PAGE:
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Alaskan Malamute

Alaskan Malamute profile

Oher Names: Malamute

Country Of Origin: United States

Dog Group Kennel Club: Working 

General Appearance:

The Alaskan Malamute was originally bred for use as an Alaskan sled dog and, as such, is powerful, compact and capable of surviving at low temperatures with a thick course outer coat and a dense undercoat. In many ways, the Malamute is visually like his distant cousin the wolf. The head is broad, especially between the ears and there should be a slight furrow between the dark, almond shaped eyes. Bulky in proportion to the skull, the muzzle has an almost uniform width and depth throughout its length.


Light grey to black or gold to shades of red or liver. They always have white on the underbody with white parts of legs, feet and face.


Bitch             58-66 cms

Dog               64-71 cms

(Height measured to top of shoulder)


                              Min                 Max 
Bitch            38kg (84lbs)   56kg (123lbs) 
Dog               38kg (84lbs)   56kg (123lbs)


Alaskan Malamutes are affectionate, friendly and loyal.  They are certain to make a good family pet but also have a strong independent streak as a result of the origins of the breed. They are also known for their lacking tolerance of small animals that could be deemed as prey. After maturity the Alaskan Malamute usually settles in to a nice calm and quiet adult.


Tireless and rhythmical

Care and Training:

The Alaskan Malamute has a very thick and coarse coat and would do well with a good brushing twice a week. They are very heavy shedders and there undercoat comes out in clumps twice a year. Bathes for this breed really aren't necessary as they easily shed dirt.  Dogs will shed heavily once a year and bitches twice a year during their seasons

Overall Exercise:  60 - 80 minutes per day.
Some owners join sledging clubs to compete in races thus giving the dogs plenty of exercise.
It should be noted that Malamutes do have a tendency to run off so they should be well trained to recall before being let off the lead.  A Malamute needs a confident handler who will clearly take on the role of pack leader and train the dog with kind, but firm methods.

Feeding Requirements:

If being used to sled, this dog should be on a 'performance' diet as it will burn off an extraordinary amount of calories. As a housepet a normal maintainence diet should be acceptable.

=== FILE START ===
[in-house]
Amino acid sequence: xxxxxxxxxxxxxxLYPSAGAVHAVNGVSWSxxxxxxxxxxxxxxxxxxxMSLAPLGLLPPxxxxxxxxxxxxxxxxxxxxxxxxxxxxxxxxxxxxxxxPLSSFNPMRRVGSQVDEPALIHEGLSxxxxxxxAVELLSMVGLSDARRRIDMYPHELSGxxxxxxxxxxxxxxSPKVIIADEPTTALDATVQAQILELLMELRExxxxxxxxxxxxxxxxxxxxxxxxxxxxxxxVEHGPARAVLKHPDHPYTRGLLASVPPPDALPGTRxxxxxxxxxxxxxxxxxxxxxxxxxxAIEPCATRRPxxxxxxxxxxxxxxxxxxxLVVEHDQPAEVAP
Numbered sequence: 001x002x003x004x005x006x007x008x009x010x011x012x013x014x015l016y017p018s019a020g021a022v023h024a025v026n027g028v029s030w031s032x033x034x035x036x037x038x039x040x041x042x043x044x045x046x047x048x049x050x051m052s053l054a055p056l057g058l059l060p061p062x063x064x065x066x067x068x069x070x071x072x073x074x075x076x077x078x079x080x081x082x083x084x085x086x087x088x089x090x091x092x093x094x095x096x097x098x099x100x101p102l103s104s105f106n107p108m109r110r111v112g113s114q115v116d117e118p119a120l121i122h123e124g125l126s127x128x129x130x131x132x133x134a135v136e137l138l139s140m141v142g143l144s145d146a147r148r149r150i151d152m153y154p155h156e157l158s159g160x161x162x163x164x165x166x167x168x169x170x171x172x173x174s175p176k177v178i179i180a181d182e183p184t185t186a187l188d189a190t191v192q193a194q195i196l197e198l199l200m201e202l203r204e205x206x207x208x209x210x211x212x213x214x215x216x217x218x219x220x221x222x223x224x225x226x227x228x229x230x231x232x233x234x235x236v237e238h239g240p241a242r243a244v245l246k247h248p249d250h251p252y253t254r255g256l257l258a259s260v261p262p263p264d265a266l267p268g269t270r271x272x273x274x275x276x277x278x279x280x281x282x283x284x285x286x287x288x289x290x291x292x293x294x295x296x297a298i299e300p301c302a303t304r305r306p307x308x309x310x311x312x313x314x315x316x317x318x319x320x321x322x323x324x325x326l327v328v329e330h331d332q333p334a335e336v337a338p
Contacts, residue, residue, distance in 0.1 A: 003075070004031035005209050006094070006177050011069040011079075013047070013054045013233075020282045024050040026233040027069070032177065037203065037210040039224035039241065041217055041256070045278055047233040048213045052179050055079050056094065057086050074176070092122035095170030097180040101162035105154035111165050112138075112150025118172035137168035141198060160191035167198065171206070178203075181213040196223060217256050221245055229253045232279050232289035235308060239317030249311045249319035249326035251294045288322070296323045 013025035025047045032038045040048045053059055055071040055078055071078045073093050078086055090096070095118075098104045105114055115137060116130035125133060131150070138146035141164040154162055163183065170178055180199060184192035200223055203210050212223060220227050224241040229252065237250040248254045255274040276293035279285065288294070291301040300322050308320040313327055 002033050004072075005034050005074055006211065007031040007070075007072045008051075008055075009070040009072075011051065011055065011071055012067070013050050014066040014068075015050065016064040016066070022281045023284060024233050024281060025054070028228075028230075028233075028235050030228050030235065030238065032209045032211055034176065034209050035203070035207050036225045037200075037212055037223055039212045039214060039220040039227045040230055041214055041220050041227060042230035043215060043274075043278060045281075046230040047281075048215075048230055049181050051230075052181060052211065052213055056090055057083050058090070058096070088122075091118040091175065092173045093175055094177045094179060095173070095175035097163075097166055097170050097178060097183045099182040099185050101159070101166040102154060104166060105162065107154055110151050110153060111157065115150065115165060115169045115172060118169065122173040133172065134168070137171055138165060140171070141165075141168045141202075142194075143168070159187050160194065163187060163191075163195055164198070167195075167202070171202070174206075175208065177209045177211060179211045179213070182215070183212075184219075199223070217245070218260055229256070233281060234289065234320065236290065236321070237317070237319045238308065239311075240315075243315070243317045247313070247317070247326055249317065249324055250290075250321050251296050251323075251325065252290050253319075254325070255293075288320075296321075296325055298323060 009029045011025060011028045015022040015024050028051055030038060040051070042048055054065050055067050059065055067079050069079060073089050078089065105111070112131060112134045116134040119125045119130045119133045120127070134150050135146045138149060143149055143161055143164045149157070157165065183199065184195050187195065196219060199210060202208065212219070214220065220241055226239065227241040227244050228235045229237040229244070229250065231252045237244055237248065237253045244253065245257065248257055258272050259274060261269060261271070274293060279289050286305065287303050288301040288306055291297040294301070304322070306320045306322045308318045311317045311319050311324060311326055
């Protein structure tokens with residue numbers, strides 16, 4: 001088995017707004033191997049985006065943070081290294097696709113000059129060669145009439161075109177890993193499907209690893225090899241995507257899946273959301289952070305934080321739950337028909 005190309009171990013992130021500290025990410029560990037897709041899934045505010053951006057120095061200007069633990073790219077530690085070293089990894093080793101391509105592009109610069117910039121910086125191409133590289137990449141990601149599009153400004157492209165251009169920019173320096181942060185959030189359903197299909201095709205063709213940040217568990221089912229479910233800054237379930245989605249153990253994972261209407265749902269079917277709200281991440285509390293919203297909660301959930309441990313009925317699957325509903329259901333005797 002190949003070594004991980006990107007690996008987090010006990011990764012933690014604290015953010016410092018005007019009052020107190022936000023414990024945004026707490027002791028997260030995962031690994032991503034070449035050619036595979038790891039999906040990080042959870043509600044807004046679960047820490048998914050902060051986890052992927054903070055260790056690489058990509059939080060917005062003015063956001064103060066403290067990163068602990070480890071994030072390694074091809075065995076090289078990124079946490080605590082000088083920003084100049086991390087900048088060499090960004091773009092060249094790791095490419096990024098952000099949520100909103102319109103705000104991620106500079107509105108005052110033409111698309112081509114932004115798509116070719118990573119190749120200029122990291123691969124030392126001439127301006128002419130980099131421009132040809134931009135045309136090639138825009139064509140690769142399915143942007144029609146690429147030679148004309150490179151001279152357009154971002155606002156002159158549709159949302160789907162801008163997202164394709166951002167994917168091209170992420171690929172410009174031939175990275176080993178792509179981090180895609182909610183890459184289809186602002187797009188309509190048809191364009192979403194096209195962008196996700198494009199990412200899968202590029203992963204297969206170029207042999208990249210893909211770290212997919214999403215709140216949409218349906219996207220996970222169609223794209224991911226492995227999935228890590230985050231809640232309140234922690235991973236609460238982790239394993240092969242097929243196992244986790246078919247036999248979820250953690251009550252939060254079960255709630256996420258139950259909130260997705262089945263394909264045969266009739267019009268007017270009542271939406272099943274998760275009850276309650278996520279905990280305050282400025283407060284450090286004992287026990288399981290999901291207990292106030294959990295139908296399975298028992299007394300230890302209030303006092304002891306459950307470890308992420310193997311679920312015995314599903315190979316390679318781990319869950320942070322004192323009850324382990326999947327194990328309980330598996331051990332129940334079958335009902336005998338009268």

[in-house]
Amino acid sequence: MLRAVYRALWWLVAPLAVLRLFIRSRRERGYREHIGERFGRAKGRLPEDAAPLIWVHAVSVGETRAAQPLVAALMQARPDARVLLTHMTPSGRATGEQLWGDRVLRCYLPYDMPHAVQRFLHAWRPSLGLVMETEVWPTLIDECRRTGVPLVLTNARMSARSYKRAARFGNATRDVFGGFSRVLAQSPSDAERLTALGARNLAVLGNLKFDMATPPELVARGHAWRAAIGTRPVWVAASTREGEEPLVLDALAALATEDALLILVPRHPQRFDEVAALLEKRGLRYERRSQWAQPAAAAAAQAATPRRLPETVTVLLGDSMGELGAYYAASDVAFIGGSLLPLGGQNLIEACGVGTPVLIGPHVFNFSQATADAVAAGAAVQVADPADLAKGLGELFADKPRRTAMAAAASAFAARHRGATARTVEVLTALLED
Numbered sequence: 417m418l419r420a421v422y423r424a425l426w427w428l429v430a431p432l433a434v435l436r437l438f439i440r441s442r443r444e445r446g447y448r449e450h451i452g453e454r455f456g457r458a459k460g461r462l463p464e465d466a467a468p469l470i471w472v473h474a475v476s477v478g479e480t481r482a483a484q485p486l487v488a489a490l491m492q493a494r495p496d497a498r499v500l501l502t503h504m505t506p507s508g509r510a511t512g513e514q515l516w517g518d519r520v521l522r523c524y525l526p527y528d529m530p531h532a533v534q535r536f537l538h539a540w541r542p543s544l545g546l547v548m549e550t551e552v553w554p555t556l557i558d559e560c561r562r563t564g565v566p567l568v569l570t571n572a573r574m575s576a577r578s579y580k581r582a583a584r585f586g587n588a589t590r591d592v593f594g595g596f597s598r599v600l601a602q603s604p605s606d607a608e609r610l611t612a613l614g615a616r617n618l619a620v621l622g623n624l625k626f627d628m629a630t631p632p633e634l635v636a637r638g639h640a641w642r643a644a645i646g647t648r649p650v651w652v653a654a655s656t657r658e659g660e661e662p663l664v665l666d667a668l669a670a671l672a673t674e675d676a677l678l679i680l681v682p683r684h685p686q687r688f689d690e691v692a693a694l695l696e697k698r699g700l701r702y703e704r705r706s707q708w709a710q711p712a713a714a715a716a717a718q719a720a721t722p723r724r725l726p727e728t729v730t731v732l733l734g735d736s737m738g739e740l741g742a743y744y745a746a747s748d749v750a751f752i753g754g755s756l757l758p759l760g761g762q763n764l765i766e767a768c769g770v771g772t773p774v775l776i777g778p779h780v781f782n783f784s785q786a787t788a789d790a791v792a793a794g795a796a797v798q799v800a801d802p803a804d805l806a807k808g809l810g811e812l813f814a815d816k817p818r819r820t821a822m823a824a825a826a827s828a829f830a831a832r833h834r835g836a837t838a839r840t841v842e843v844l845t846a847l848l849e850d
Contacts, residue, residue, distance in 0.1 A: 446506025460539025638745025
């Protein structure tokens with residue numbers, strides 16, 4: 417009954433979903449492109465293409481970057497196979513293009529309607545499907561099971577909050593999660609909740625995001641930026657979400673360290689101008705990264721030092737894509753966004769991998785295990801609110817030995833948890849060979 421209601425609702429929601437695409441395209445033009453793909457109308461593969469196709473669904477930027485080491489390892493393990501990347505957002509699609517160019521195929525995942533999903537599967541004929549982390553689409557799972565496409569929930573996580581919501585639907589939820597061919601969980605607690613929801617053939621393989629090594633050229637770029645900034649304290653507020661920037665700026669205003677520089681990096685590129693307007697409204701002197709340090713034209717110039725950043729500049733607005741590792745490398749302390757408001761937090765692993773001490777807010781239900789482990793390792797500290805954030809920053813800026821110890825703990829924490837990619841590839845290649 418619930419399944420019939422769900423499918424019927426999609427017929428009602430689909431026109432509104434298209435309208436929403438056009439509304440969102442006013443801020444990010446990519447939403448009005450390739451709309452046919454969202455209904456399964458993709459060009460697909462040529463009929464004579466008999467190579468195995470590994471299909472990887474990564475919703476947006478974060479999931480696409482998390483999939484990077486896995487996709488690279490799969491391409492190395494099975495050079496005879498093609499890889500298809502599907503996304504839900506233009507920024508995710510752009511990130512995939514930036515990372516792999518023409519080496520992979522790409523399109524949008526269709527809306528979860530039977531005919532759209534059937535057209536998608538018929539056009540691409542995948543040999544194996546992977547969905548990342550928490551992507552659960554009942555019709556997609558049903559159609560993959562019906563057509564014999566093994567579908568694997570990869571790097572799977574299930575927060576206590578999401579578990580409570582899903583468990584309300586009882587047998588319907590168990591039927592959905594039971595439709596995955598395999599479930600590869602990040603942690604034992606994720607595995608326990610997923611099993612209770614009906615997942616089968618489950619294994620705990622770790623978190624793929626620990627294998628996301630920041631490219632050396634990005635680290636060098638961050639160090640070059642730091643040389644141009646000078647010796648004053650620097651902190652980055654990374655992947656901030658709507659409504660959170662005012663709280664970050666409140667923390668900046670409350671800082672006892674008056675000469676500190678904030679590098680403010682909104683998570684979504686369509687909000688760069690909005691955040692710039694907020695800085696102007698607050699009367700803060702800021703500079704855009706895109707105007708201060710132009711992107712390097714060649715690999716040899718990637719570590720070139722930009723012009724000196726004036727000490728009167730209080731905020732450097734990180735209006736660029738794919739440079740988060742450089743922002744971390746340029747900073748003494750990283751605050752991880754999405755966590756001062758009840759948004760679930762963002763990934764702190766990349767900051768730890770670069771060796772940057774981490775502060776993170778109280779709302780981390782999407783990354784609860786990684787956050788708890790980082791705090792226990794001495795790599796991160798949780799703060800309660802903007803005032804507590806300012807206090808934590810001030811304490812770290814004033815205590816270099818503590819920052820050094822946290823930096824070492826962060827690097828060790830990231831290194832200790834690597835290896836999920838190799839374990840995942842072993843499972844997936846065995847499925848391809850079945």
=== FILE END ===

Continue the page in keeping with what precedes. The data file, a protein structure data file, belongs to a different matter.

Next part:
Exercise: Med

Grooming: Low-med

Noise: Low

Personal Protection: Low

Suitability As Guard Dog: Low

Level of Aggression: Medium

Compatibility With Other Animals: Medium

Suitablity for Children: Medium

Often Docked? no

Average litter size: 5

Life Expectancy (yrs) 14

Health issues: Hip dysplasia, cataracts, chondrodysplasia, skin problems, eye problems and sometimes they suffer from a condition where the growth of their limbs is reduced. They may also suffer from bloat, which is a common health concern to most dogs, being the second largest cause of death in dogs. It is also called gastric torsion or twisted stomach.

History: The Alaskan Malamute was developed by a tribe of nomadic Inuit people called Mahlemuts who lived along Norton Sound of northwestern Alaska. The Malamute's origins may have been the result of mixing wolves with other dogs. The Inuit people had wanted a large, trong, sled-pulling dog that was not a speedster but a heavy hauler so that they could use them as draft animals. They were bred to be able to perform with great endurance even in poor weather. The Mahlemuts hunted polar bears and seals and needed a very strong dog to be able to haul all of the meat. The breed was so widely used and accepted in their tribe that it was considered almost a part of the family. When people outside of Alaska heard about gold in its land in 1896, they began pouring in. During the European settling of Alaska, the dogs were used for hunting and hauling in large numbers. The breed grew in popularity among outsiders, and some of the breed were even chosen for use on Admiral Byrd's trek to the South Pole in 1933. The breed was also used excessively during World War II as a freight hauler, pack animal and a search-and-rescue dog.

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